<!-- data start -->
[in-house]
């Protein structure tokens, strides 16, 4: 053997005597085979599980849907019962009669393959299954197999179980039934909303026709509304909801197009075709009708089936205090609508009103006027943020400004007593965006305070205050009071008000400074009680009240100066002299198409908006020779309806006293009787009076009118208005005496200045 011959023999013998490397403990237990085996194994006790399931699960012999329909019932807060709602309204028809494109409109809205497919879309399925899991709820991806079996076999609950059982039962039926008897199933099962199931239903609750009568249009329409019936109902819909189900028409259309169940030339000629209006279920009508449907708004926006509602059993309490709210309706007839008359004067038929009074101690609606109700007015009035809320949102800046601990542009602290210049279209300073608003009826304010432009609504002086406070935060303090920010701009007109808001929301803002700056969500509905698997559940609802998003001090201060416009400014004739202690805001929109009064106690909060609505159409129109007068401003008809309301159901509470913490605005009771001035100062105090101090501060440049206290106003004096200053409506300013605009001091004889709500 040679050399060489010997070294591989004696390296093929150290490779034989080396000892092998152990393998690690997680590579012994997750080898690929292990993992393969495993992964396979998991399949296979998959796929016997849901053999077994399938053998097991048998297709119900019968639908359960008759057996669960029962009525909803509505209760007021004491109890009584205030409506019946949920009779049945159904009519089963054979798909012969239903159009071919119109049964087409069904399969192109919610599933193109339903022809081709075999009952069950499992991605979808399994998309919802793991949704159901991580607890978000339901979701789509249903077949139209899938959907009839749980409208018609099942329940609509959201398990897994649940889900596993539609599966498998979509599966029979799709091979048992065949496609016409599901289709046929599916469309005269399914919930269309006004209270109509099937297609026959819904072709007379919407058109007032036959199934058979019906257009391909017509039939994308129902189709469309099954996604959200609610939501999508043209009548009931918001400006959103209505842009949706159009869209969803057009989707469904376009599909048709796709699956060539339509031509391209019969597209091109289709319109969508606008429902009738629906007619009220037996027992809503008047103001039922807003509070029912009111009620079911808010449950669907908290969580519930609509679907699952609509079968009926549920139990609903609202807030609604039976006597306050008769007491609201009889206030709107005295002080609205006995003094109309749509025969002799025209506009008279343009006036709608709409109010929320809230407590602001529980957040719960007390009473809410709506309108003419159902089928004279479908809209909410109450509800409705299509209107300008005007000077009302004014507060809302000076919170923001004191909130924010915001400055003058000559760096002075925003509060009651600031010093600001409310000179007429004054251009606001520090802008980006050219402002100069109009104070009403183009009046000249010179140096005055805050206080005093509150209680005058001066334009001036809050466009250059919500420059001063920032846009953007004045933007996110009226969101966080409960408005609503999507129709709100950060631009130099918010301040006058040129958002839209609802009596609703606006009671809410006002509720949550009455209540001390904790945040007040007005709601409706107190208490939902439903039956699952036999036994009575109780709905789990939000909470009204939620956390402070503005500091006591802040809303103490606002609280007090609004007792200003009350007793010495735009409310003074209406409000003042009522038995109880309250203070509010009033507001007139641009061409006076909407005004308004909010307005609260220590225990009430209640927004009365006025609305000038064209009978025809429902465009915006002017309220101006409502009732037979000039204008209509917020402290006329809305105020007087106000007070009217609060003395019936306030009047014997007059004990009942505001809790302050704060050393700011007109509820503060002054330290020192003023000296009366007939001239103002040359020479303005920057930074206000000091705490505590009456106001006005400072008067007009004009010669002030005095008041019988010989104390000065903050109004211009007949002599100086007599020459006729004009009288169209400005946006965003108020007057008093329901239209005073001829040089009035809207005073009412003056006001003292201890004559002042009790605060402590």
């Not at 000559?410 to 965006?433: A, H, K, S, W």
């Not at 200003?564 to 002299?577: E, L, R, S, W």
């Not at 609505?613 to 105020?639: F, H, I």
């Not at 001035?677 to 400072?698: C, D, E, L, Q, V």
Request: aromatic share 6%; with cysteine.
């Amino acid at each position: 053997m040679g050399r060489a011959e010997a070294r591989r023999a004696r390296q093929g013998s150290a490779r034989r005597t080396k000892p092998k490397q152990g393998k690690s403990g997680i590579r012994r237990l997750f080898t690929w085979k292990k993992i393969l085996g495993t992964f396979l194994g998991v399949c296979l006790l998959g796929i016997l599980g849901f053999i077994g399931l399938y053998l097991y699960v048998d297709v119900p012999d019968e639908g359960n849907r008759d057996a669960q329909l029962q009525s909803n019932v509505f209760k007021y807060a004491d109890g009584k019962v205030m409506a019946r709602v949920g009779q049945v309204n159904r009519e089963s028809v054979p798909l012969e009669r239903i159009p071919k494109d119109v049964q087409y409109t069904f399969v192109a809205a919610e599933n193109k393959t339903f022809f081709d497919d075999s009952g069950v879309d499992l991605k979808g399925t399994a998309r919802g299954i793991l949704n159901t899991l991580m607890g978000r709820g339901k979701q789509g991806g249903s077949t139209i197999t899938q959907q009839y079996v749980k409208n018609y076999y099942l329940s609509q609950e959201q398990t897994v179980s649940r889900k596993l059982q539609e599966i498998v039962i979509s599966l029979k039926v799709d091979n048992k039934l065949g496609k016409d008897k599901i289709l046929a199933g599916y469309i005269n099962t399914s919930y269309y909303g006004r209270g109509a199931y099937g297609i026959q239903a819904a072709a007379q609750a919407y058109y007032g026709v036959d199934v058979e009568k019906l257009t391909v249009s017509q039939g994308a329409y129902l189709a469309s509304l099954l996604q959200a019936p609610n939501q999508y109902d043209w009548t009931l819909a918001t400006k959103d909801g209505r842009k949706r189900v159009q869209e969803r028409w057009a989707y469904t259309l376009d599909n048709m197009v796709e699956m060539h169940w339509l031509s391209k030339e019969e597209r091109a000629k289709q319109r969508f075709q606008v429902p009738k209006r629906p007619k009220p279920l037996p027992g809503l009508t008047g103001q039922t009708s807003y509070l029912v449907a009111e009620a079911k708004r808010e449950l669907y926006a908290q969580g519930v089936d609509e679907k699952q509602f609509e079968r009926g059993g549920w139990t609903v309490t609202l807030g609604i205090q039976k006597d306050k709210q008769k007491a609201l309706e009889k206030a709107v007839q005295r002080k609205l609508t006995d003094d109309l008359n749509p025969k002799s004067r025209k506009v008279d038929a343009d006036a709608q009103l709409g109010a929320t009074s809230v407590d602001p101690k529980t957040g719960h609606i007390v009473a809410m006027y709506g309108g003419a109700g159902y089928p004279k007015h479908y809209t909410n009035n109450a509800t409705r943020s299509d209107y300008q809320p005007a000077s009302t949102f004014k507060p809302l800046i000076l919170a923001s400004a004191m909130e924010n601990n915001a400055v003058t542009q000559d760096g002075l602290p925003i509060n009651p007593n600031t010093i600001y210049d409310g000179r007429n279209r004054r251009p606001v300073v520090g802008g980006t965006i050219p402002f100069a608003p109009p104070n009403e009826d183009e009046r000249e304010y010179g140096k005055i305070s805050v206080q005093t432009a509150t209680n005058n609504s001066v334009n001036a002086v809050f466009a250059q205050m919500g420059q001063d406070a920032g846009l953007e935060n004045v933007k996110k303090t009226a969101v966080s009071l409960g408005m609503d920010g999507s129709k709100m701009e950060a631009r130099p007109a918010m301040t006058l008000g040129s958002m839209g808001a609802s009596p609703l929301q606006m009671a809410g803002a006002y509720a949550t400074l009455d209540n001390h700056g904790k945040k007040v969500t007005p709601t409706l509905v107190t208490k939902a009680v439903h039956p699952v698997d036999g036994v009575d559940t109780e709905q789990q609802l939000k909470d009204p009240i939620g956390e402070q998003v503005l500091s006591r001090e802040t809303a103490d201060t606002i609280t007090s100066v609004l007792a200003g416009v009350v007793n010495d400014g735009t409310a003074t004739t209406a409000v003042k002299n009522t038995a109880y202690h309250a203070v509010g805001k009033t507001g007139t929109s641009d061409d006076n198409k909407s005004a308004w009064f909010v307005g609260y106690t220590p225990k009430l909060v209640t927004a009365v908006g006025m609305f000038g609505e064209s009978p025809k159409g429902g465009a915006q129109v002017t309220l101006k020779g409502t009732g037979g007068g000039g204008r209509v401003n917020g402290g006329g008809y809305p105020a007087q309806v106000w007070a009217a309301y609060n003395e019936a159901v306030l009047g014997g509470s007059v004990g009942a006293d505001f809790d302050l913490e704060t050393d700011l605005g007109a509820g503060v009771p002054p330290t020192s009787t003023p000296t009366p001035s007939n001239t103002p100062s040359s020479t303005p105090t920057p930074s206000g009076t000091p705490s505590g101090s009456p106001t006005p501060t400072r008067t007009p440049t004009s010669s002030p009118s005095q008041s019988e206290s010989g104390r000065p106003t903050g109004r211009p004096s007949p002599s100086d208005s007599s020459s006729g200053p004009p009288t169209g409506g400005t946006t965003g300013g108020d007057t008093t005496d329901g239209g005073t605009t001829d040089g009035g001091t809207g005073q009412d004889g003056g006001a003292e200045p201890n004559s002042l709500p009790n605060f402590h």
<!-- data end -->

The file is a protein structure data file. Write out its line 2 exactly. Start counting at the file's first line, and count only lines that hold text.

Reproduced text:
């Protein structure tokens, strides 16, 4: 053997005597085979599980849907019962009669393959299954197999179980039934909303026709509304909801197009075709009708089936205090609508009103006027943020400004007593965006305070205050009071008000400074009680009240100066002299198409908006020779309806006293009787009076009118208005005496200045 011959023999013998490397403990237990085996194994006790399931699960012999329909019932807060709602309204028809494109409109809205497919879309399925899991709820991806079996076999609950059982039962039926008897199933099962199931239903609750009568249009329409019936109902819909189900028409259309169940030339000629209006279920009508449907708004926006509602059993309490709210309706007839008359004067038929009074101690609606109700007015009035809320949102800046601990542009602290210049279209300073608003009826304010432009609504002086406070935060303090920010701009007109808001929301803002700056969500509905698997559940609802998003001090201060416009400014004739202690805001929109009064106690909060609505159409129109007068401003008809309301159901509470913490605005009771001035100062105090101090501060440049206290106003004096200053409506300013605009001091004889709500 040679050399060489010997070294591989004696390296093929150290490779034989080396000892092998152990393998690690997680590579012994997750080898690929292990993992393969495993992964396979998991399949296979998959796929016997849901053999077994399938053998097991048998297709119900019968639908359960008759057996669960029962009525909803509505209760007021004491109890009584205030409506019946949920009779049945159904009519089963054979798909012969239903159009071919119109049964087409069904399969192109919610599933193109339903022809081709075999009952069950499992991605979808399994998309919802793991949704159901991580607890978000339901979701789509249903077949139209899938959907009839749980409208018609099942329940609509959201398990897994649940889900596993539609599966498998979509599966029979799709091979048992065949496609016409599901289709046929599916469309005269399914919930269309006004209270109509099937297609026959819904072709007379919407058109007032036959199934058979019906257009391909017509039939994308129902189709469309099954996604959200609610939501999508043209009548009931918001400006959103209505842009949706159009869209969803057009989707469904376009599909048709796709699956060539339509031509391209019969597209091109289709319109969508606008429902009738629906007619009220037996027992809503008047103001039922807003509070029912009111009620079911808010449950669907908290969580519930609509679907699952609509079968009926549920139990609903609202807030609604039976006597306050008769007491609201009889206030709107005295002080609205006995003094109309749509025969002799025209506009008279343009006036709608709409109010929320809230407590602001529980957040719960007390009473809410709506309108003419159902089928004279479908809209909410109450509800409705299509209107300008005007000077009302004014507060809302000076919170923001004191909130924010915001400055003058000559760096002075925003509060009651600031010093600001409310000179007429004054251009606001520090802008980006050219402002100069109009104070009403183009009046000249010179140096005055805050206080005093509150209680005058001066334009001036809050466009250059919500420059001063920032846009953007004045933007996110009226969101966080409960408005609503999507129709709100950060631009130099918010301040006058040129958002839209609802009596609703606006009671809410006002509720949550009455209540001390904790945040007040007005709601409706107190208490939902439903039956699952036999036994009575109780709905789990939000909470009204939620956390402070503005500091006591802040809303103490606002609280007090609004007792200003009350007793010495735009409310003074209406409000003042009522038995109880309250203070509010009033507001007139641009061409006076909407005004308004909010307005609260220590225990009430209640927004009365006025609305000038064209009978025809429902465009915006002017309220101006409502009732037979000039204008209509917020402290006329809305105020007087106000007070009217609060003395019936306030009047014997007059004990009942505001809790302050704060050393700011007109509820503060002054330290020192003023000296009366007939001239103002040359020479303005920057930074206000000091705490505590009456106001006005400072008067007009004009010669002030005095008041019988010989104390000065903050109004211009007949002599100086007599020459006729004009009288169209400005946006965003108020007057008093329901239209005073001829040089009035809207005073009412003056006001003292201890004559002042009790605060402590």